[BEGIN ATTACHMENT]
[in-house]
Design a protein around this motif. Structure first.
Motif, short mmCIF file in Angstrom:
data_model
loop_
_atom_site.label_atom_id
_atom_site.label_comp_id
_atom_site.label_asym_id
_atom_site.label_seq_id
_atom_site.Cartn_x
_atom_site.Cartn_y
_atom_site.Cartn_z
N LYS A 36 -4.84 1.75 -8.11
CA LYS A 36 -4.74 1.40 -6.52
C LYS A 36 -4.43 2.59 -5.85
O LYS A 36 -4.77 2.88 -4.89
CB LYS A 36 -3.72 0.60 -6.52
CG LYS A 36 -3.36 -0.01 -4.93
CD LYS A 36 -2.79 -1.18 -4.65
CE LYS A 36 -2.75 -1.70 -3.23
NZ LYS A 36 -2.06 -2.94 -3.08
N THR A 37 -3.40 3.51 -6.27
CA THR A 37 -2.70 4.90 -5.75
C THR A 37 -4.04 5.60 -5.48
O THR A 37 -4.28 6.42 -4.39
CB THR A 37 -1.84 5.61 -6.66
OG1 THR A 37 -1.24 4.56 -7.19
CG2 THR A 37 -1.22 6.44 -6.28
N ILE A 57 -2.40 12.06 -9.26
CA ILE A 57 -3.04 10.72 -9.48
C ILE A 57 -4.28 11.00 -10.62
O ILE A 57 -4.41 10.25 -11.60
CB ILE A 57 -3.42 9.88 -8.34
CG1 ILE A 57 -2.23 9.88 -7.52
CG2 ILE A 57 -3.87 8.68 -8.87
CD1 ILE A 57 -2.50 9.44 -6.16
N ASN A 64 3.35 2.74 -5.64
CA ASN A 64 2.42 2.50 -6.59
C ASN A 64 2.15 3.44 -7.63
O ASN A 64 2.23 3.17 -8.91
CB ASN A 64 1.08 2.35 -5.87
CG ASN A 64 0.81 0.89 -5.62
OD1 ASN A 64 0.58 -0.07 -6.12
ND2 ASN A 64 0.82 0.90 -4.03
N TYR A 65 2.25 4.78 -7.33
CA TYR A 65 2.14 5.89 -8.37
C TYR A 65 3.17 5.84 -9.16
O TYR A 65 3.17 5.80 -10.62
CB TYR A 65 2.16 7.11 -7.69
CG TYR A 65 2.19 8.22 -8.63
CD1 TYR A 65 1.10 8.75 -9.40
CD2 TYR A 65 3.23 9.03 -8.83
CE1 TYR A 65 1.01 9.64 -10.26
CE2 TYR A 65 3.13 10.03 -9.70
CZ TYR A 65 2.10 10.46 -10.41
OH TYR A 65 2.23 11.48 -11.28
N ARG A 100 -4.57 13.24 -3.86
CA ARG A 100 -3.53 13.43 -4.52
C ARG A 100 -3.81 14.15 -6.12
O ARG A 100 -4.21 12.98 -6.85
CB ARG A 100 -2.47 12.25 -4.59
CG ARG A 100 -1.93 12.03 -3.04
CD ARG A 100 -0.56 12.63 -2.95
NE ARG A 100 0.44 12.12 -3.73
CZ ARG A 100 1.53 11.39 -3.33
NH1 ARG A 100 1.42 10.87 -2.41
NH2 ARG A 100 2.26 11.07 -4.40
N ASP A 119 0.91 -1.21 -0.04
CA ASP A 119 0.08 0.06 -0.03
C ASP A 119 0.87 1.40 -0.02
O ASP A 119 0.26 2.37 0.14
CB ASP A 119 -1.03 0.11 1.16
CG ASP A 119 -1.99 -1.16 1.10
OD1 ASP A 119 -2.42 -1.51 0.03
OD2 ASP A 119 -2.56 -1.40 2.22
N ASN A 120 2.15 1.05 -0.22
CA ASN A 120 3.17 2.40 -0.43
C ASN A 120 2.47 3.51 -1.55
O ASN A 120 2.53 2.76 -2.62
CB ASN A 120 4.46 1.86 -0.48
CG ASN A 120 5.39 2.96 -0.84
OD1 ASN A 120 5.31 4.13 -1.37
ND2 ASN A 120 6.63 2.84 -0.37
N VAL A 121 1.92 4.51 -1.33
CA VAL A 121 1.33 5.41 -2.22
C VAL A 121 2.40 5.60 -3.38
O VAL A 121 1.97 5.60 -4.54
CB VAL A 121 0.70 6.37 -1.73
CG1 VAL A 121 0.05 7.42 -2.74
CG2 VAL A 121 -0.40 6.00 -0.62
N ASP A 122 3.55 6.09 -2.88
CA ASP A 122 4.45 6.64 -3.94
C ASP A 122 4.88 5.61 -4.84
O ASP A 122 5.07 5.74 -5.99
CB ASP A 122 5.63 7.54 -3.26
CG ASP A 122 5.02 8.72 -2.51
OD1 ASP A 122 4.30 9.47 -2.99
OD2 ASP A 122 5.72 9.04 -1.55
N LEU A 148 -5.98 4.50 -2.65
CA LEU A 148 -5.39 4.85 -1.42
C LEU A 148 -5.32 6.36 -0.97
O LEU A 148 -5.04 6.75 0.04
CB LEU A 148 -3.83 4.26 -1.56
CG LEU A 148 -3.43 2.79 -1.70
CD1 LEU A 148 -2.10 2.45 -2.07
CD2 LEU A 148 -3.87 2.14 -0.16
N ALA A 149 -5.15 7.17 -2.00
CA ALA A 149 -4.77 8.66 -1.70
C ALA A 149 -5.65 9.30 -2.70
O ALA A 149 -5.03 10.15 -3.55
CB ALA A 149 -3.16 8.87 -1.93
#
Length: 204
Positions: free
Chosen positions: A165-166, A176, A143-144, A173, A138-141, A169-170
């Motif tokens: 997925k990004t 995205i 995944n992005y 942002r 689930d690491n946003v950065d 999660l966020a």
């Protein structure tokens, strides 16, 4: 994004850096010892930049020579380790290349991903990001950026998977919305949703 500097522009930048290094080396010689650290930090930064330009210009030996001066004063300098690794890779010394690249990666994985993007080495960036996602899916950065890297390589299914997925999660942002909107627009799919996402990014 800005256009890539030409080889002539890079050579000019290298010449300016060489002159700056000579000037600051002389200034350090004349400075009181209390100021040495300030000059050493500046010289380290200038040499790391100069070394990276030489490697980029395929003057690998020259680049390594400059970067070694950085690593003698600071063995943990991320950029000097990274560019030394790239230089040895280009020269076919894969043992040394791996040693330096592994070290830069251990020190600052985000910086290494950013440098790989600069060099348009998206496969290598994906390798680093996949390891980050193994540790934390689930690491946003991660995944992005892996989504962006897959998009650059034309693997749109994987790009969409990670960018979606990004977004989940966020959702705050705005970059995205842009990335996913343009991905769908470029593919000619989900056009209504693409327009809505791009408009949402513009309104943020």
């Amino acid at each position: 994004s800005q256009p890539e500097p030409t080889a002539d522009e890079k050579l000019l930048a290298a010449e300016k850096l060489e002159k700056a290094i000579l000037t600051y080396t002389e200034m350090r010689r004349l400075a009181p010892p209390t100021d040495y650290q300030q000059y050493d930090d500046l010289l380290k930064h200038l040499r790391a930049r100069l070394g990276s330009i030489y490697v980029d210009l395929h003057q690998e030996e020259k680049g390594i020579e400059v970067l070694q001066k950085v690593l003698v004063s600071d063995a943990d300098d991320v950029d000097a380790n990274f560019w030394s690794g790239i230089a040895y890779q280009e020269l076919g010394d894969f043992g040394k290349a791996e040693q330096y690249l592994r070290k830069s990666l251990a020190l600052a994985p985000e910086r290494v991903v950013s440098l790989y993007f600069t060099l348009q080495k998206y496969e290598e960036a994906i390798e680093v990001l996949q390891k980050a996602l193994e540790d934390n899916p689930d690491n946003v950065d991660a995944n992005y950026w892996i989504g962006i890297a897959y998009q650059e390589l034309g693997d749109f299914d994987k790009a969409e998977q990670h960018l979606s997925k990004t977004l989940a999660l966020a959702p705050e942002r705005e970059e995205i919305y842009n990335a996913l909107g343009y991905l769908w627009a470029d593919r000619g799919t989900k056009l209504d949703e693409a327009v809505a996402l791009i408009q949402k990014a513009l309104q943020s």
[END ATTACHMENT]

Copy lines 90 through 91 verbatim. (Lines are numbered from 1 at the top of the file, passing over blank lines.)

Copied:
CG2 VAL A 121 -0.40 6.00 -0.62
N ASP A 122 3.55 6.09 -2.88